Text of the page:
Newsletter aims to help those who live with addicts CARROLL COUNTY

August 24, 1993|By Donna E. Boller | Donna E. Boller,Staff Writer

The message Donna Thompson wants to send in her newsletter for co-dependents is, "You're not sick."

Twelve years ago, when she started attending Al-Anon meetings in an effort to cope with her husband's alcoholism, she bought into the assessment she heard: Co-dependents -- the people who live with addicts and frequently cover up for them -- are as sick as the addicts, some Al-Anon members told her.

Today, happily married after three unhappy marriages and recently moved to Carroll County, Mrs. Thompson no longer agrees. The trouble with the "you're sick" diagnosis is, "It kept me in a victim mind-set," she says.

Mrs. Thompson began publishing her newsletter for co-dependents, Challenges, in March 1992. She started the newsletter on the proverbial shoestring, with a home computer and an ink-jet printer that can prepare camera-ready copy for printing. She doesn't pay contributing authors, although she has paid to reprint syndicated columns. She refuses to disclose the newsletter's circulation.

In place of money, she put 40 years' worth of experience into the newsletter. She was married twice to alcoholics, one of whom physically abused her. Eventually she got treatment for herself.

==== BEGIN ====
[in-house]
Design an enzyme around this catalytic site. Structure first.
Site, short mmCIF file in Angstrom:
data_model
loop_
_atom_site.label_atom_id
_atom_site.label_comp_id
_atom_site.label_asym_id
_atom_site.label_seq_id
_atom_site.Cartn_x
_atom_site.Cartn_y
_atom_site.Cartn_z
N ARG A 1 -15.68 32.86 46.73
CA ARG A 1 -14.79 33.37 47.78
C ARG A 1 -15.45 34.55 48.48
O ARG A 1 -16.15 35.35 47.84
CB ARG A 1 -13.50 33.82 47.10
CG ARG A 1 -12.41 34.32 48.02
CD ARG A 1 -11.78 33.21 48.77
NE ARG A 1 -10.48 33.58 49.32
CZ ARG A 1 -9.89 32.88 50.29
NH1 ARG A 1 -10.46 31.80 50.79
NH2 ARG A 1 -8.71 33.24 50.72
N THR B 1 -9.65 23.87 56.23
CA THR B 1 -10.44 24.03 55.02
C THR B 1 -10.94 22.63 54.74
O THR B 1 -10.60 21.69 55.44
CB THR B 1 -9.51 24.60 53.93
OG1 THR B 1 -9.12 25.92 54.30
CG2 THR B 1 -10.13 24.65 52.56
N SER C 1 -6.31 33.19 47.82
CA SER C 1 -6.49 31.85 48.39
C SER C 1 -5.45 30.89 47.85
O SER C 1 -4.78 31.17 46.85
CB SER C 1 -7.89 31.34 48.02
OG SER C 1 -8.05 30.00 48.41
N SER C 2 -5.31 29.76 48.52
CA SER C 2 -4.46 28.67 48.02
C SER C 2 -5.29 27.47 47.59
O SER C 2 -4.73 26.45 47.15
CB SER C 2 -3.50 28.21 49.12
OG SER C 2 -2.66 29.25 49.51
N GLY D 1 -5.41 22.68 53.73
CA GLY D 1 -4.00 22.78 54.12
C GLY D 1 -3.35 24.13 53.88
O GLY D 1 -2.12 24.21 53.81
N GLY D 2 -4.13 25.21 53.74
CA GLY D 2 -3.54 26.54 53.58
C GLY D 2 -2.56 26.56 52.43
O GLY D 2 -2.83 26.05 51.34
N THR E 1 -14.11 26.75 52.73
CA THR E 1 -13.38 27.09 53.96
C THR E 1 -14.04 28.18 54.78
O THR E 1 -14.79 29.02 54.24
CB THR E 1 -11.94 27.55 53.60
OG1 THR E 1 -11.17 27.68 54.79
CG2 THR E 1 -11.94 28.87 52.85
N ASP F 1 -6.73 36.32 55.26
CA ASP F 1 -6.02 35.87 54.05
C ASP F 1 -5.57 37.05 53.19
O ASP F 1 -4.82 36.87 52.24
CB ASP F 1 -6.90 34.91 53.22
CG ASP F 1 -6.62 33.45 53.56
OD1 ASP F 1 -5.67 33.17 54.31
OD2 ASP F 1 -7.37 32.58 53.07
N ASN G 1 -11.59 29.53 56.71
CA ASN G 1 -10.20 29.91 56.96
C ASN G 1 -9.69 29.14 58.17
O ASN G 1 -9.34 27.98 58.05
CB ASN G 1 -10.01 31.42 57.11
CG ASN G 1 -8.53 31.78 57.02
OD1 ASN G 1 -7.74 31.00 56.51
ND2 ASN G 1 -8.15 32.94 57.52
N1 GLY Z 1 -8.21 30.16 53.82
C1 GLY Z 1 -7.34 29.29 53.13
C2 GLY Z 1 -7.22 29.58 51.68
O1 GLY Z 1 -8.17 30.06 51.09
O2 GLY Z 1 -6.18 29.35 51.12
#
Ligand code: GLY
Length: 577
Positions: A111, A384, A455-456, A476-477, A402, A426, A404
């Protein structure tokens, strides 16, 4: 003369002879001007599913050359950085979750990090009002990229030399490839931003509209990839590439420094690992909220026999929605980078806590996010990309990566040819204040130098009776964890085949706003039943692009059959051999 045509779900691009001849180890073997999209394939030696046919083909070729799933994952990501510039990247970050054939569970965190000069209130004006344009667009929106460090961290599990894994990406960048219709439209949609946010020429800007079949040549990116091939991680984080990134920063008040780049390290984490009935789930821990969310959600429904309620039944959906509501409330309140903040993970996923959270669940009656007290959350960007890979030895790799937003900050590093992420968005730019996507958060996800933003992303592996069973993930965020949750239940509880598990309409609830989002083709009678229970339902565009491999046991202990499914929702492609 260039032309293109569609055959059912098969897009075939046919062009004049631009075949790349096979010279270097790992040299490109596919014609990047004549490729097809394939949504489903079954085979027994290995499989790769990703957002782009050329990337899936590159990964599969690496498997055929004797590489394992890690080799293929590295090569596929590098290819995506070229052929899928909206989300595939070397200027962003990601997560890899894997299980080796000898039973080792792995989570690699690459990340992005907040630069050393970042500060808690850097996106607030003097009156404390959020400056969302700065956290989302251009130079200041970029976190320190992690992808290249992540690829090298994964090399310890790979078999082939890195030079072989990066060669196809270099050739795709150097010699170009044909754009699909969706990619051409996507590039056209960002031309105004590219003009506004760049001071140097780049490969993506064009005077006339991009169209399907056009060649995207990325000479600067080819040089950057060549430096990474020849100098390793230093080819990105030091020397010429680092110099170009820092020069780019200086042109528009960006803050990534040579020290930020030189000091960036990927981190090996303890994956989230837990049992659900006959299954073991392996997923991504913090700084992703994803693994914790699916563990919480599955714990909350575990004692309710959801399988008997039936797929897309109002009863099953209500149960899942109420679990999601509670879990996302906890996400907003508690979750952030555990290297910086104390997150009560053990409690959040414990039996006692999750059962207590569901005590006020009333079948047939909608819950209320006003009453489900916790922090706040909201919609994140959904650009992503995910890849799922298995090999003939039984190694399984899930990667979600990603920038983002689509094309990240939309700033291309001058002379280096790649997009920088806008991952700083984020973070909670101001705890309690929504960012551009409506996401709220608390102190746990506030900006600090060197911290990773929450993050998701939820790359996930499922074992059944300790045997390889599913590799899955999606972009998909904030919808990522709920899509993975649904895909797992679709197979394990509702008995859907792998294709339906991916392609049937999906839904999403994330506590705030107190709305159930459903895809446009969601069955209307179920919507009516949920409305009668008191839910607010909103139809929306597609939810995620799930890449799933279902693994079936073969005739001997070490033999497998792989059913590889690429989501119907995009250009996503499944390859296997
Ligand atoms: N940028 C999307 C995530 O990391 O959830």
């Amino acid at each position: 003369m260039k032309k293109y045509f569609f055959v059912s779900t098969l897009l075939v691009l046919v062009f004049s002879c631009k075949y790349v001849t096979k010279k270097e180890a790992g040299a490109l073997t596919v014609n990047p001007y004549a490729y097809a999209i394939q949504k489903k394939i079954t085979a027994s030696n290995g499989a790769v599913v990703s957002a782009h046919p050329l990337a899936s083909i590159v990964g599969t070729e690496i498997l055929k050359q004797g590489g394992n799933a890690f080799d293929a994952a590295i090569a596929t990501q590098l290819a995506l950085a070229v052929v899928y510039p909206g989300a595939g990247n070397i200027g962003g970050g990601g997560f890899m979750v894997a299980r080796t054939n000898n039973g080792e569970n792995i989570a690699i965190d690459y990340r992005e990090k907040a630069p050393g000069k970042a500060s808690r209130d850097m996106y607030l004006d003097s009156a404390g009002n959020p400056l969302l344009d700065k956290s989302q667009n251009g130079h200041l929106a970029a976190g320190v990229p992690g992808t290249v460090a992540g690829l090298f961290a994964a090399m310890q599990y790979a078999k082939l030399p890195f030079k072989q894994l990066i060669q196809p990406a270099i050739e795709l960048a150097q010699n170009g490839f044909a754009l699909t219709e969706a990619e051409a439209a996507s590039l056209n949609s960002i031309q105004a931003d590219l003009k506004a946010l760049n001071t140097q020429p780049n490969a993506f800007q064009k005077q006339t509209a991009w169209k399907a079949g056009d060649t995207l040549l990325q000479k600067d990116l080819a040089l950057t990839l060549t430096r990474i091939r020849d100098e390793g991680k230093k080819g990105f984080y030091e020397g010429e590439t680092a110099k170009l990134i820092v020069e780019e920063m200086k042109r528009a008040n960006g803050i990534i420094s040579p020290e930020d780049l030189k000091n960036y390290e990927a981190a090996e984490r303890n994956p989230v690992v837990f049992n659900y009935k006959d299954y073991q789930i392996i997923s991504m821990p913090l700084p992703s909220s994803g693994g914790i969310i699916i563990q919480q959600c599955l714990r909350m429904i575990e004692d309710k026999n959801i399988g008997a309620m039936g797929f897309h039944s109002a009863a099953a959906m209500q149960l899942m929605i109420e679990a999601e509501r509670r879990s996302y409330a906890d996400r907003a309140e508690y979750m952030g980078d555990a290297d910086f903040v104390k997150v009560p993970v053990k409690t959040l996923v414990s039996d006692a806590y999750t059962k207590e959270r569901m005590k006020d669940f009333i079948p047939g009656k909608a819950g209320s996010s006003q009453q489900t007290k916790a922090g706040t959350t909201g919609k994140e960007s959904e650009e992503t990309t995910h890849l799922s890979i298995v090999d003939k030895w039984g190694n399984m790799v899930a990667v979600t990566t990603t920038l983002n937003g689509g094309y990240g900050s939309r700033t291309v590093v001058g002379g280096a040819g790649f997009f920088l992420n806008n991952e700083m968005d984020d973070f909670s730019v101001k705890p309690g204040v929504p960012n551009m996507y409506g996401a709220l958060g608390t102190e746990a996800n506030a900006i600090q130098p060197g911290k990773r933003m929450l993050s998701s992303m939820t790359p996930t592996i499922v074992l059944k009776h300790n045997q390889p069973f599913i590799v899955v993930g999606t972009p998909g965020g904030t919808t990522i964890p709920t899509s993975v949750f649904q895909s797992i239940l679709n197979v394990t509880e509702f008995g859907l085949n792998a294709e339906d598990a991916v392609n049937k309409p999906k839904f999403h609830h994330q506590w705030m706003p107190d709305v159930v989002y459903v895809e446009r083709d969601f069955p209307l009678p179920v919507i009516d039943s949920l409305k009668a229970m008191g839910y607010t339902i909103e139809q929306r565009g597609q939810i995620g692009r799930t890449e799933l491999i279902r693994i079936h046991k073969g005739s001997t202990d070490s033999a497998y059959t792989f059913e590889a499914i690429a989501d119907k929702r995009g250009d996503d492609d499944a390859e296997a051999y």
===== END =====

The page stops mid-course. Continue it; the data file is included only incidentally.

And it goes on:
After becoming active in Al-Anon in the 1980s, she became a peer counselor and has led "Women Who Love Too Much" groups.

She says she started the newsletter because she felt recovered from co-dependency, and "I could reach more people through a newsletter than in meetings or on the street."

She married Stafford Thompson in 1989. His work as a consultant prompted them to move from Ohio to Maryland.

In addition to coping with her marriages, Mrs. Thompson wrote a play, worked as general manager for a summer theater, did radio interviews on a local station and worked as a fashion and feature writer for the Springfield, Mass., Herald.

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